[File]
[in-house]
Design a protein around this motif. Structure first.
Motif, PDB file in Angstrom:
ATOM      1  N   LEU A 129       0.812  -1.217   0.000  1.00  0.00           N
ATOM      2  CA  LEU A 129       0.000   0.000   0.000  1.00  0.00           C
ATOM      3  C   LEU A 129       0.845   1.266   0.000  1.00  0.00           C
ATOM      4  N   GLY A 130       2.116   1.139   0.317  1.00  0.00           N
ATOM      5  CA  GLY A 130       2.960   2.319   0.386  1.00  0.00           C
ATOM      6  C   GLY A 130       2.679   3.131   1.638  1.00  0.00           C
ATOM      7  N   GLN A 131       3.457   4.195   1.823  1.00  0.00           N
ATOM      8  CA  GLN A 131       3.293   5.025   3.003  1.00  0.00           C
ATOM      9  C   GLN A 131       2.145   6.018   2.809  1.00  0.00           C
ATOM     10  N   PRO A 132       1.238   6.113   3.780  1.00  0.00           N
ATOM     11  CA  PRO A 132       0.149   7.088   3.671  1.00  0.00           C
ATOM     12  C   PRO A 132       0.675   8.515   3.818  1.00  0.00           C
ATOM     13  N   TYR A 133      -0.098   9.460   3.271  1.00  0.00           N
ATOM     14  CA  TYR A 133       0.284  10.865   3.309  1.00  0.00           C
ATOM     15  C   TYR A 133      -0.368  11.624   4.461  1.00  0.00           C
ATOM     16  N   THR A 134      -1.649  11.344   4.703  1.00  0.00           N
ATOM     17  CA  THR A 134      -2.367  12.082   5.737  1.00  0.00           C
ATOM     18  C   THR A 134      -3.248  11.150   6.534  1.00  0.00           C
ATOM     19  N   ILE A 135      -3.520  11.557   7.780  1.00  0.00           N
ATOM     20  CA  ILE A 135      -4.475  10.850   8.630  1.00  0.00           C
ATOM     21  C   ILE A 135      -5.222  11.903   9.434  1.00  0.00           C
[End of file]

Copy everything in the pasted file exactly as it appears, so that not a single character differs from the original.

[in-house]
Design a protein around this motif. Structure first.
Motif, PDB file in Angstrom:
ATOM      1  N   LEU A 129       0.812  -1.217   0.000  1.00  0.00           N
ATOM      2  CA  LEU A 129       0.000   0.000   0.000  1.00  0.00           C
ATOM      3  C   LEU A 129       0.845   1.266   0.000  1.00  0.00           C
ATOM      4  N   GLY A 130       2.116   1.139   0.317  1.00  0.00           N
ATOM      5  CA  GLY A 130       2.960   2.319   0.386  1.00  0.00           C
ATOM      6  C   GLY A 130       2.679   3.131   1.638  1.00  0.00           C
ATOM      7  N   GLN A 131       3.457   4.195   1.823  1.00  0.00           N
ATOM      8  CA  GLN A 131       3.293   5.025   3.003  1.00  0.00           C
ATOM      9  C   GLN A 131       2.145   6.018   2.809  1.00  0.00           C
ATOM     10  N   PRO A 132       1.238   6.113   3.780  1.00  0.00           N
ATOM     11  CA  PRO A 132       0.149   7.088   3.671  1.00  0.00           C
ATOM     12  C   PRO A 132       0.675   8.515   3.818  1.00  0.00           C
ATOM     13  N   TYR A 133      -0.098   9.460   3.271  1.00  0.00           N
ATOM     14  CA  TYR A 133       0.284  10.865   3.309  1.00  0.00           C
ATOM     15  C   TYR A 133      -0.368  11.624   4.461  1.00  0.00           C
ATOM     16  N   THR A 134      -1.649  11.344   4.703  1.00  0.00           N
ATOM     17  CA  THR A 134      -2.367  12.082   5.737  1.00  0.00           C
ATOM     18  C   THR A 134      -3.248  11.150   6.534  1.00  0.00           C
ATOM     19  N   ILE A 135      -3.520  11.557   7.780  1.00  0.00           N
ATOM     20  CA  ILE A 135      -4.475  10.850   8.630  1.00  0.00           C
ATOM     21  C   ILE A 135      -5.222  11.903   9.434  1.00  0.00           C